Running an Election in a Time of Cholera : Slideshow

Friday, November 26, 2010

Clancy Nolan

Campaign posters for Haiti's 19 presidential candidates are plastered to nearly every building and wall in Port-au-Prince. A runoff will be held if no clear winner emerges in Sunday's election to replace outgoing President René Préval.

Clancy Nolan

Musician and presidential candidate Michel Martelly, best known as "Sweet Mickey," at a November 17 debate in Petionville, Haiti. Though not favored to win the election, Martelly's rallies draw large crowds of young supporters.

Clancy Nolan

Presidential candidate Mirlande Manigat waves to supporters after a debate. Longtime opposition leader and a former first lady, Manigat would become Haiti's first woman president if elected. Her husband, Leslie Manigat, served just four months as president in 1988 before being deposed in a military coup.

Clancy Nolan

Former Prime Minister and current presidential candidate Yvon Neptune greets supporters after the final round of debates in Petionville on Wednesday, November 17.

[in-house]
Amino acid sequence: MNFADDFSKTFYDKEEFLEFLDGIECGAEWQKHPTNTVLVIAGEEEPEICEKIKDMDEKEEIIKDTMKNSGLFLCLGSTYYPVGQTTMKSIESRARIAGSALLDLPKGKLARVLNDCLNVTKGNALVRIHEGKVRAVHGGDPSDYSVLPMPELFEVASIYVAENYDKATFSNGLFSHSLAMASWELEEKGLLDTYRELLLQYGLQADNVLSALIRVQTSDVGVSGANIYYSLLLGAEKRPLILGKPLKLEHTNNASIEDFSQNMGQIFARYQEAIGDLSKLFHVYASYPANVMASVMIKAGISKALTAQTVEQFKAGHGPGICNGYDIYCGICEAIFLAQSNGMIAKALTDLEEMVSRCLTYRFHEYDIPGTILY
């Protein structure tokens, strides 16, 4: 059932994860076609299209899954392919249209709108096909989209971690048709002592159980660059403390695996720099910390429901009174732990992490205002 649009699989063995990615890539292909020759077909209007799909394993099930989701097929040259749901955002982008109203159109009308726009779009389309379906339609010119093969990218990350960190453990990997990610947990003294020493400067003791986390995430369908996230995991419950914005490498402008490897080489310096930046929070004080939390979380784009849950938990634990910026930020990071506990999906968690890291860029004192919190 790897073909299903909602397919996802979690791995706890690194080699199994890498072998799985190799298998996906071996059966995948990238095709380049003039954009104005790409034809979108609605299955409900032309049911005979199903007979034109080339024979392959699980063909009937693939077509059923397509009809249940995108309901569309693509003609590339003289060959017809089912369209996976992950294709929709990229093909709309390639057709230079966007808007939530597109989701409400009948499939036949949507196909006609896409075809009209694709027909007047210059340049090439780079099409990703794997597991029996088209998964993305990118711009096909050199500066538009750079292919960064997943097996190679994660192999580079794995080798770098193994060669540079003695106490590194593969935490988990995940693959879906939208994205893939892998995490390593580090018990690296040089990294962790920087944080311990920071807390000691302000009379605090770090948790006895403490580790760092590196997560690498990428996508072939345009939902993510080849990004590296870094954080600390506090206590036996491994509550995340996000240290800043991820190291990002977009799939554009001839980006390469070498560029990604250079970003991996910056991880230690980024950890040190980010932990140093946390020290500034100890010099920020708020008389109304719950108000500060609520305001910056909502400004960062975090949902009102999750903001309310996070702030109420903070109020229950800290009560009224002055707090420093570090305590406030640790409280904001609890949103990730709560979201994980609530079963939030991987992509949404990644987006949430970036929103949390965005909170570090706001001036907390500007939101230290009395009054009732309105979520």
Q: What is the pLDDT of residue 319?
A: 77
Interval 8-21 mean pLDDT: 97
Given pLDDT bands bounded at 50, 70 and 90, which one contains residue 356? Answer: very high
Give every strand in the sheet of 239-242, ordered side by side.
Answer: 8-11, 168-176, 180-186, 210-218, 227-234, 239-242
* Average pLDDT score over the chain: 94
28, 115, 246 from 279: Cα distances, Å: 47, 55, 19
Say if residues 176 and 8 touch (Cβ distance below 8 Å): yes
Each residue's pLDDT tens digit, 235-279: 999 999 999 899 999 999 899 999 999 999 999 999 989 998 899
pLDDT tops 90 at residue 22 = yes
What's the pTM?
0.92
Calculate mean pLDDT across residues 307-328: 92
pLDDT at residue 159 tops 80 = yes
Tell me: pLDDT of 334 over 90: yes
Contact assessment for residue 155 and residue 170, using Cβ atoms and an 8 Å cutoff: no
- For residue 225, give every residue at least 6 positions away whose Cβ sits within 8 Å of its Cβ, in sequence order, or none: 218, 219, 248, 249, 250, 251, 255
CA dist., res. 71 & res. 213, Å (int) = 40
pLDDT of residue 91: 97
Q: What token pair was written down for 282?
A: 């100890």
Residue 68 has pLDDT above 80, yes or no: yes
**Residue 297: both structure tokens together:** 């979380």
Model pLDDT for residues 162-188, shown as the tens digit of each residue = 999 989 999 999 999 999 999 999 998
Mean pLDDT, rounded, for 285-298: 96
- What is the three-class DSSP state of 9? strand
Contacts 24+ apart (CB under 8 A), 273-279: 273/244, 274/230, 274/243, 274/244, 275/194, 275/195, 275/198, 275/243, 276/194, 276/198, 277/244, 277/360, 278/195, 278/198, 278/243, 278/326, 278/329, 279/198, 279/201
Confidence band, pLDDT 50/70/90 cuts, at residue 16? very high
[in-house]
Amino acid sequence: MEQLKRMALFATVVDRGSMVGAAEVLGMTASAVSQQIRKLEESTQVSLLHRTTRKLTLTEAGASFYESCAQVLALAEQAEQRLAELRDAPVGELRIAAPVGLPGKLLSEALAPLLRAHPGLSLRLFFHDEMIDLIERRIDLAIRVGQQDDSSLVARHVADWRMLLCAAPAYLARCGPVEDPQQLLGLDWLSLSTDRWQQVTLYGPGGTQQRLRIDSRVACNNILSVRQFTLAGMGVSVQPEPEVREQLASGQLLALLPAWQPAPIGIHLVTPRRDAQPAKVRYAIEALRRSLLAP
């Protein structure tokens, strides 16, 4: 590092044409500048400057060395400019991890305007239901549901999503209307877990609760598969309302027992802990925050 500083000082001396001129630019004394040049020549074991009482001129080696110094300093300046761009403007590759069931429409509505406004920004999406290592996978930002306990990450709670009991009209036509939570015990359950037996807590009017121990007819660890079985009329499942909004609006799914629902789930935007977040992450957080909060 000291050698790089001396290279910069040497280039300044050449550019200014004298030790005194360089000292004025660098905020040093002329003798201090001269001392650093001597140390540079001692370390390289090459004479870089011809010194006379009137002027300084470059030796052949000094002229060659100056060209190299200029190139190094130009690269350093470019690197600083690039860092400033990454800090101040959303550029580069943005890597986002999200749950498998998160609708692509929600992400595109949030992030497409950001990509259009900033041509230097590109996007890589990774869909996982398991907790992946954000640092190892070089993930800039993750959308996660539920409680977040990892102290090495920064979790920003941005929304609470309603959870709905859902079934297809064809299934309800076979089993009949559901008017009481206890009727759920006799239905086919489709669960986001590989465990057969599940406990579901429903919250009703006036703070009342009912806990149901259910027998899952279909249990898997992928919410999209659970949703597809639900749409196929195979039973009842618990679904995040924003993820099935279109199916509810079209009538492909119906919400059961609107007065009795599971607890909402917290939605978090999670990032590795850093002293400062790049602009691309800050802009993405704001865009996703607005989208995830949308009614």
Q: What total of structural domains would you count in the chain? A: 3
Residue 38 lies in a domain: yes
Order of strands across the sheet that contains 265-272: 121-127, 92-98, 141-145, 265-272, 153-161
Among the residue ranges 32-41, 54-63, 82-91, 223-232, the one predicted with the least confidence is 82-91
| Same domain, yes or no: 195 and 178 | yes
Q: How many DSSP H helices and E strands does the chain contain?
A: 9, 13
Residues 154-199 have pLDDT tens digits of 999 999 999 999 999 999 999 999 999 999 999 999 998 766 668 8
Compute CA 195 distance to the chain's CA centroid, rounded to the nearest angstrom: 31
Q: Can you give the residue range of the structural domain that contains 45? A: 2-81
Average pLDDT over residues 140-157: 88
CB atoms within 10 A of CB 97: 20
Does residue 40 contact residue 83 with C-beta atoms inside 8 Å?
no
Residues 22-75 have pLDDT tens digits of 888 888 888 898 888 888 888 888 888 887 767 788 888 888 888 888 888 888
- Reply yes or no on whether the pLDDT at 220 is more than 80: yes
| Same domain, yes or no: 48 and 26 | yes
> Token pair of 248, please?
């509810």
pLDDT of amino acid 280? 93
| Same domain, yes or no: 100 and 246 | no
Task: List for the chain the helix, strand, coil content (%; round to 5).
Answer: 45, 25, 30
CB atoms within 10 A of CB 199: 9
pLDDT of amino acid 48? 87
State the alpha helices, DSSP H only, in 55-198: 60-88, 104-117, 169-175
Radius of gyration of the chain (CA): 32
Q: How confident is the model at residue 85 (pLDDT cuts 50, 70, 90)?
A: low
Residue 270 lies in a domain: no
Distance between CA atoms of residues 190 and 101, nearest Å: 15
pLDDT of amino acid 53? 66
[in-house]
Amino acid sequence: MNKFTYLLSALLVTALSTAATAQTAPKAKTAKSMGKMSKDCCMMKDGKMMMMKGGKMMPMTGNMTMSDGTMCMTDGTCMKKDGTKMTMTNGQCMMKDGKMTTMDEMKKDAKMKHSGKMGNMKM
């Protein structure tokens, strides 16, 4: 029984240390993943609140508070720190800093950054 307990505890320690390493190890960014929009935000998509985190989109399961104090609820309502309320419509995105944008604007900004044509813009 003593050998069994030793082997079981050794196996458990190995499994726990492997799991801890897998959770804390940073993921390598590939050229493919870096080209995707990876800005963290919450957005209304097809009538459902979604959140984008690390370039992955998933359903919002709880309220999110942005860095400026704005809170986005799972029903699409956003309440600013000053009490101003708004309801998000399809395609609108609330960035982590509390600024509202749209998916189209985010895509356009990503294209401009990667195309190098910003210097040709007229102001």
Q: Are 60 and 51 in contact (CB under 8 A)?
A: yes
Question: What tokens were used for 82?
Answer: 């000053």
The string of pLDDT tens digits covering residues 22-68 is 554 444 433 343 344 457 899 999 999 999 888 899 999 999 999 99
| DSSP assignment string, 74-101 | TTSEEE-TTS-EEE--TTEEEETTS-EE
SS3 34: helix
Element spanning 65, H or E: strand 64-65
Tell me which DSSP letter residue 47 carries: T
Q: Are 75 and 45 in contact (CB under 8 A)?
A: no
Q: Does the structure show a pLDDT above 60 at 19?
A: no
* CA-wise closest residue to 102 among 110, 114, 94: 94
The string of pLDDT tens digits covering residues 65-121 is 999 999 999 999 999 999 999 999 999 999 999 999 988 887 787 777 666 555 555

Clancy Nolan

Posters for Haiti presidential candidate Jude Celestin line the walls of a building in a trash-strewn area of Port-au-Prince. Celestin, a member of President René Préval's INITE (Unity) party, is one of the front-runners for the November 28 election.

Clancy Nolan

A man climbs through the rubble that was once the Notre Dame Cathedral of Port-au-Prince. More than 10 months after the earthquake, reconstruction is slow, with rubble choking the streets.

Clancy Nolan

UN troops drive past a group of homeless Haitians gathered to watch a screening of a presidential debate. The U.S. AID-sponsored group FilmAid International screened debates in several camps around Port-au-Prince.

Haitians watch a screening of the presidential debates in the Delmas 32 relief camp in Port-au-Prince. Despite heavy campaigning, thousands of Haitians lost their national identification cards during the earthquake and will be unable to vote. Some analysts estimate voter turnout will be as low as 40 percent.

Clancy Nolan

Dressed as the Haitian comedian Tonton Bicha, a performer lampoons the presidential candidates following a debate screening at a relief camp in Port-au-Prince.

Clancy Nolan

Ten months after the January 12 earthquake, roughly one million Haitians are still living in relief camps like this one, in the Delmas 32 area of Port-au-Prince.

Michael Mastroianni

Posters for Haiti's presidential candidates line the chain link fence surrounding the destroyed National Palace in Port-au-Prince.